Tips

Finding the fit for your knits

Have you ever knitted something that looked lovely but didn’t fit the way you wanted? It could have been something for you or for someone else but it just wasn’t right.

This is such a pity, the stitches are beautiful but unless you can find some one who love the fit, it is likely to languish in a drawer for evermore.

There are two main influences on the fit of the garment – tension and how you choose the size.

Tension

Knitting patterns are worked out using a particular tension. If your tension is loose than the one given in the pattern your item will be looser and if your tension is tighter, your garment will be smaller (and tighter).

We have a post all about getting your tension right.

Pattern sizing

Assuming you get the same tension as the pattern, finding the right size is based on the measurements given.

Most patterns will have a “to fit size” which could be given as a chest measurement, an age range in children’s patterns or for women a dress size.

It is important to remember that this isn’t the actual measurement of the finished garment.

Some patterns will also give an “actual” or “finished” size measurement for the chest which is helpful in choosing the size to make. For example, a sweater with a chest to fit measurement of 95cm might have an actual chest measurement of 110cm because it is intended to be a loose fit or is to be worn over another layer or two.

Other patterns may give one chest measurement and say the item has a positive or negative “ease” of a certain amount.

“Ease” refers to the difference between the to fit size and the actual size. Negative ease is when the actual size is smaller than the to fit size – you want the item to be stretched when worn, for example a sock. With positive ease, the actual garment is larger than the to fit size – the sweater described above would have a positive ease of 15cm.

If a pattern mentions ease, you need to double check whether the measurements in the pattern are to fit or finished sizes (in other words, including ease). If something has a negative ease of 10cm, this could make a massive difference to whether your garment fits or not!

Your pattern will also give other useful measurements. For garments you will usually have a neck to hem length and the length of the sleeve from the cuff to where it joins the body.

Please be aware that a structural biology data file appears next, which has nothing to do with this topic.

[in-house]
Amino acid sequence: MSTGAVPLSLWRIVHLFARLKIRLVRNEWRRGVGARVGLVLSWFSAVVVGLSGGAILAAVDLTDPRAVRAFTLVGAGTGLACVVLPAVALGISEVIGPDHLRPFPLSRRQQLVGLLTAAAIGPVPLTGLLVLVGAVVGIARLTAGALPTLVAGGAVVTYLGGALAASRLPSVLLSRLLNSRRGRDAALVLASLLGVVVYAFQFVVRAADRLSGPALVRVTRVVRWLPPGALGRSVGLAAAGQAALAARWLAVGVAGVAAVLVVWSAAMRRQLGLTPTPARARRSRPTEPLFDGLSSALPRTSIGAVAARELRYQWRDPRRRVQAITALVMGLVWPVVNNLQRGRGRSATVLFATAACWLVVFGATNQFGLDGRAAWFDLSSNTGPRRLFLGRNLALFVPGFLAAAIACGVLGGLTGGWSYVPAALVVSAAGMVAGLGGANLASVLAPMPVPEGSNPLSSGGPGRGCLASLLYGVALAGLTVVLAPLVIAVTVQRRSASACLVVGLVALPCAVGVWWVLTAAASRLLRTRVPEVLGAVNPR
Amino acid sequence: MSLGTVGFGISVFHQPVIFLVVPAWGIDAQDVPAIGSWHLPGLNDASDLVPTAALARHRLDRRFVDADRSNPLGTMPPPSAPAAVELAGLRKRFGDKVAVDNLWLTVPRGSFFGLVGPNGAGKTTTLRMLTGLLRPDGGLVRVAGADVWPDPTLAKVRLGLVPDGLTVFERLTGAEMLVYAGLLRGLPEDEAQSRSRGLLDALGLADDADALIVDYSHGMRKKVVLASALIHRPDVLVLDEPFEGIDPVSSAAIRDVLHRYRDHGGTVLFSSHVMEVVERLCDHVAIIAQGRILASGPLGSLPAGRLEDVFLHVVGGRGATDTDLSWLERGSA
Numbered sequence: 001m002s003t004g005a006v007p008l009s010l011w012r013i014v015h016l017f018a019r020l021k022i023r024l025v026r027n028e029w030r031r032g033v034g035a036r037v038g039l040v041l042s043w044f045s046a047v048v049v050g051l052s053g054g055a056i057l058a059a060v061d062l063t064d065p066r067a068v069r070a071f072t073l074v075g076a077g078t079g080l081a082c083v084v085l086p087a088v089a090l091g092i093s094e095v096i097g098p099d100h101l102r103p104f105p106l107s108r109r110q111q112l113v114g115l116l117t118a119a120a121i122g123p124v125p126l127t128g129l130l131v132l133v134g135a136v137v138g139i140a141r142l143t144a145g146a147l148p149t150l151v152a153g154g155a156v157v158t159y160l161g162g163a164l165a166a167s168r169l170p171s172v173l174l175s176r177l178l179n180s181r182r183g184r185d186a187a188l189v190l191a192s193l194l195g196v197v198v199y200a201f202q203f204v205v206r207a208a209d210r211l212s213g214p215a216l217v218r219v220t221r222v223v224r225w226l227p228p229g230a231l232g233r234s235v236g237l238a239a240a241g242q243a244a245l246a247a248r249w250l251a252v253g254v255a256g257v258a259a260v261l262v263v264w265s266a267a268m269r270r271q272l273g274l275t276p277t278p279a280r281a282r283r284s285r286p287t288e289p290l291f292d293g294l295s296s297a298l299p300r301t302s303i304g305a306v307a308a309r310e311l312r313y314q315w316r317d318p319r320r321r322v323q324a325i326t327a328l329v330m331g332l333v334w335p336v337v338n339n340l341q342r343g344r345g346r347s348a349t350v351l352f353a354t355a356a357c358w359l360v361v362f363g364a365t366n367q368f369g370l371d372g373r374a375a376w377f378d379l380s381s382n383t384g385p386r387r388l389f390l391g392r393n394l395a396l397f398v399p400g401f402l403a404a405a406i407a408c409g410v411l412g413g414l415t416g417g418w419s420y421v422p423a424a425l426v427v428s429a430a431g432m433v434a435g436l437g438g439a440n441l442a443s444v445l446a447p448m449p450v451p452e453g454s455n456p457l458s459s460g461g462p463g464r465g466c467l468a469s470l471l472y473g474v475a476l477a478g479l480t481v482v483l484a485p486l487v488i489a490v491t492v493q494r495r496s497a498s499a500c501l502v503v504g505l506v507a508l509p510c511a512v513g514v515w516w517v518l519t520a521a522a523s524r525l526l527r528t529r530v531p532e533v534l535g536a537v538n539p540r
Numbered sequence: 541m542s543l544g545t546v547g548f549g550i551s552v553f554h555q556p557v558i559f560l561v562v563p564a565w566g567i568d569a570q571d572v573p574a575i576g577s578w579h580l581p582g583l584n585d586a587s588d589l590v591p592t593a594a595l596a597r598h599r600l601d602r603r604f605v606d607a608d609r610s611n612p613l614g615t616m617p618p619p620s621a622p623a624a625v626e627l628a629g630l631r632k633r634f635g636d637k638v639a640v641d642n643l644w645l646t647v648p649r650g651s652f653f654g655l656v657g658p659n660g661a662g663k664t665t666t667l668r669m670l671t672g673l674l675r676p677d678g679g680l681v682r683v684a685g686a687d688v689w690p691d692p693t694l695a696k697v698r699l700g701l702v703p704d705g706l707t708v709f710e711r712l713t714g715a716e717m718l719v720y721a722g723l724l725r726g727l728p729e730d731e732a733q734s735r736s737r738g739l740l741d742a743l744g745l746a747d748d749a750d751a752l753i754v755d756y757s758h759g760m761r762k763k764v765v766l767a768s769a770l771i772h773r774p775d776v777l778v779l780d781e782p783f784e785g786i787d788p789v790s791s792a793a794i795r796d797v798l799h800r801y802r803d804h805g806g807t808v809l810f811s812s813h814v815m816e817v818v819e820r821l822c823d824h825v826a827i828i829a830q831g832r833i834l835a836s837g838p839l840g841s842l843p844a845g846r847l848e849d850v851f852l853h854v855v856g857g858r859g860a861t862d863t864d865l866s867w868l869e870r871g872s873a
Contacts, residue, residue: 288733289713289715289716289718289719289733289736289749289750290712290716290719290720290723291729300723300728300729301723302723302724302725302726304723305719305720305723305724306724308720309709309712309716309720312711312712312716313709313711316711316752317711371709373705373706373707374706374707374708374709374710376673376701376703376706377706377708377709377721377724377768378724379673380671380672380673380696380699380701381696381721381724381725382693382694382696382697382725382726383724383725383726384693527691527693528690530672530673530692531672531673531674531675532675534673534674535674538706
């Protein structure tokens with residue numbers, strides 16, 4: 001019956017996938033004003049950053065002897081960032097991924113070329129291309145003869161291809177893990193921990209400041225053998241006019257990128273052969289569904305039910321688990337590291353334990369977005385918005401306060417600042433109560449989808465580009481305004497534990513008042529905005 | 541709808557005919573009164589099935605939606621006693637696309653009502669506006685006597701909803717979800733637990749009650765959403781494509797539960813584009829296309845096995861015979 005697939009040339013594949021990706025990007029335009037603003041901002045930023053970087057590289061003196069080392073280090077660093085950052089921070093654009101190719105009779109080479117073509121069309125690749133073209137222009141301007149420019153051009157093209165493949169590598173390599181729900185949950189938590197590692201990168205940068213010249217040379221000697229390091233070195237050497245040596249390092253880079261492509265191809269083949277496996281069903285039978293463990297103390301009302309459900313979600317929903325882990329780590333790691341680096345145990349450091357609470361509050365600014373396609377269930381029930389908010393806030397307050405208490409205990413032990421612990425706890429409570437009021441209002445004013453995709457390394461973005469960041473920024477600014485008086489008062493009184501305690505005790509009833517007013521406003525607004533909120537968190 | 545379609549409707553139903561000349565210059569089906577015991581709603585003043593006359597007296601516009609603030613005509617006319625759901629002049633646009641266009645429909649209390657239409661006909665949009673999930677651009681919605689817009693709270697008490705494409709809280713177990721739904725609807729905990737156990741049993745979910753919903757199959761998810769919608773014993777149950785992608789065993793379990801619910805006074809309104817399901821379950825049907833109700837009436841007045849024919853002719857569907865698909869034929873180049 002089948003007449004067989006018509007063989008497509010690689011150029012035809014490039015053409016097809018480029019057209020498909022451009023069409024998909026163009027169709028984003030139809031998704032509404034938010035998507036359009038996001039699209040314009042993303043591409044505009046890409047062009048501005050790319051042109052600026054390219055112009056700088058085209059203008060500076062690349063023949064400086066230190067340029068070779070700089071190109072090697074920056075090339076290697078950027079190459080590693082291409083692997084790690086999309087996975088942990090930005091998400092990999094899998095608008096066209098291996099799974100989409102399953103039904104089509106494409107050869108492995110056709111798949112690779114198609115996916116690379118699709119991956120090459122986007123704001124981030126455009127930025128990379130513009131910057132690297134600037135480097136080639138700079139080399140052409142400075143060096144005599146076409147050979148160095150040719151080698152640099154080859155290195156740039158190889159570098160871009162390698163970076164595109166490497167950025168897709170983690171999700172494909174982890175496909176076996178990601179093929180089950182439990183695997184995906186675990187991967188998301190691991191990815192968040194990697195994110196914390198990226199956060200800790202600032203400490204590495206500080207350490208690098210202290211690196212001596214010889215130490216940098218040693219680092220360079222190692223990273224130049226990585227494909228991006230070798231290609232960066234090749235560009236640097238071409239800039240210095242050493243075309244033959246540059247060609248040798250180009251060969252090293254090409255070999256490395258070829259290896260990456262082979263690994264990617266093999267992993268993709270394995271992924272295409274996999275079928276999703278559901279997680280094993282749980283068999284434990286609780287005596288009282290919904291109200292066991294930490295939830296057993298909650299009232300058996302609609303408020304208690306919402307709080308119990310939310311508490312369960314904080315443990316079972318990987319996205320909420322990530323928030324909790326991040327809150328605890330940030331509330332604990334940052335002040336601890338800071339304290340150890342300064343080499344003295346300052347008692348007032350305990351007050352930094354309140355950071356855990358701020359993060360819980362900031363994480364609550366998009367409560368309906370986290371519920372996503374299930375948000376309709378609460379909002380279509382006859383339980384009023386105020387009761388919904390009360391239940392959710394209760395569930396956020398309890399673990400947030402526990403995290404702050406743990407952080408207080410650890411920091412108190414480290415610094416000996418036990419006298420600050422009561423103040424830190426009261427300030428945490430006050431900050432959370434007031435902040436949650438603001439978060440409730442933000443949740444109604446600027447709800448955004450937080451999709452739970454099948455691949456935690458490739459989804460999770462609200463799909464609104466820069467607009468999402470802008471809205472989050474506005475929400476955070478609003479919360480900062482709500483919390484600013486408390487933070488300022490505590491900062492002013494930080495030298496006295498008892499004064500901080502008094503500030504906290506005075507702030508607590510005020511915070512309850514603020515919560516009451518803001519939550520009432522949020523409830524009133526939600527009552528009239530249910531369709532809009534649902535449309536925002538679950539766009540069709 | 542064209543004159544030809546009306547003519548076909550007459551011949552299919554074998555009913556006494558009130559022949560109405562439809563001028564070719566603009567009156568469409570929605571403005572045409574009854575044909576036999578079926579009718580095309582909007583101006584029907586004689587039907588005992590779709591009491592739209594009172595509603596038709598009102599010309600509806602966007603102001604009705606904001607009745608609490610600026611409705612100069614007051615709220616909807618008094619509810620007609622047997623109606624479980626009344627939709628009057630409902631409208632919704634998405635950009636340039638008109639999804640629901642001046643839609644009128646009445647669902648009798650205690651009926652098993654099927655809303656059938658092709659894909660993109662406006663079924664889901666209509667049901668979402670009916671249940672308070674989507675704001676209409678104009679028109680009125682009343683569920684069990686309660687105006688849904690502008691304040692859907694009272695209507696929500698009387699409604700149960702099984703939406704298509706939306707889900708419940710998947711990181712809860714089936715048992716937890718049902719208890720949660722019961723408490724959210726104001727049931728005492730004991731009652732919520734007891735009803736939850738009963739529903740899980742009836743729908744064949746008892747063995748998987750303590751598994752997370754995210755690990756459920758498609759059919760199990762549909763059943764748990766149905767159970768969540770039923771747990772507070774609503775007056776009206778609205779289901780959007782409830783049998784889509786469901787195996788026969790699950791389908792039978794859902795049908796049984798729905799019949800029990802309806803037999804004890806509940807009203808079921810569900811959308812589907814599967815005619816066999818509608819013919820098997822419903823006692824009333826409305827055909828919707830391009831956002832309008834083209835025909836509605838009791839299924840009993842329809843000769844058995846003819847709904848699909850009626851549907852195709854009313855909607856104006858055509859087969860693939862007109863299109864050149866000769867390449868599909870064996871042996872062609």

You may also have a schematic or plan of your garment that gives more measurements such as the width of the neck, the waist size and the upper arm. All of these can be useful in deciding which sizes to make.

Choosing your size

Now you know the size of your finished garment, you need to think about two other things: the actual size of the person who will wear the item and the sort of fit they are happiest with.

Use a flexible measuring tape to take measurement to match all those given in the pattern. A cardigan that fits at the chest but has sleeves that are too short or tight isn’t that useful.

When measuring with a tape, don’t pull it too right – it isn’t a tourniquet – or let it flap about. You want a goldilocks measurement where the tape sits comfortably on the body.

Now look at the to fit size that most closely matches you or the person you are making something for – sometimes you will be between sizes. How do the other measurements compare to your measurements? Would they be a good fit?

Also think about how you are going to wear your garment. Is it going to be close to your skin or worn over other layers? If a sweater has a 15cm positive ease but think you might want a tighter fit you may want to go down a size in the pattern for example. A good idea here is to look at garments you already own and like the fit of. Are they loose or tight. It may be worth measuring them to see what fit you really prefer.

Thinking about size and fit before you start knitting is really worth the time, it makes it more likely you’ll end up with an item that will be worn.

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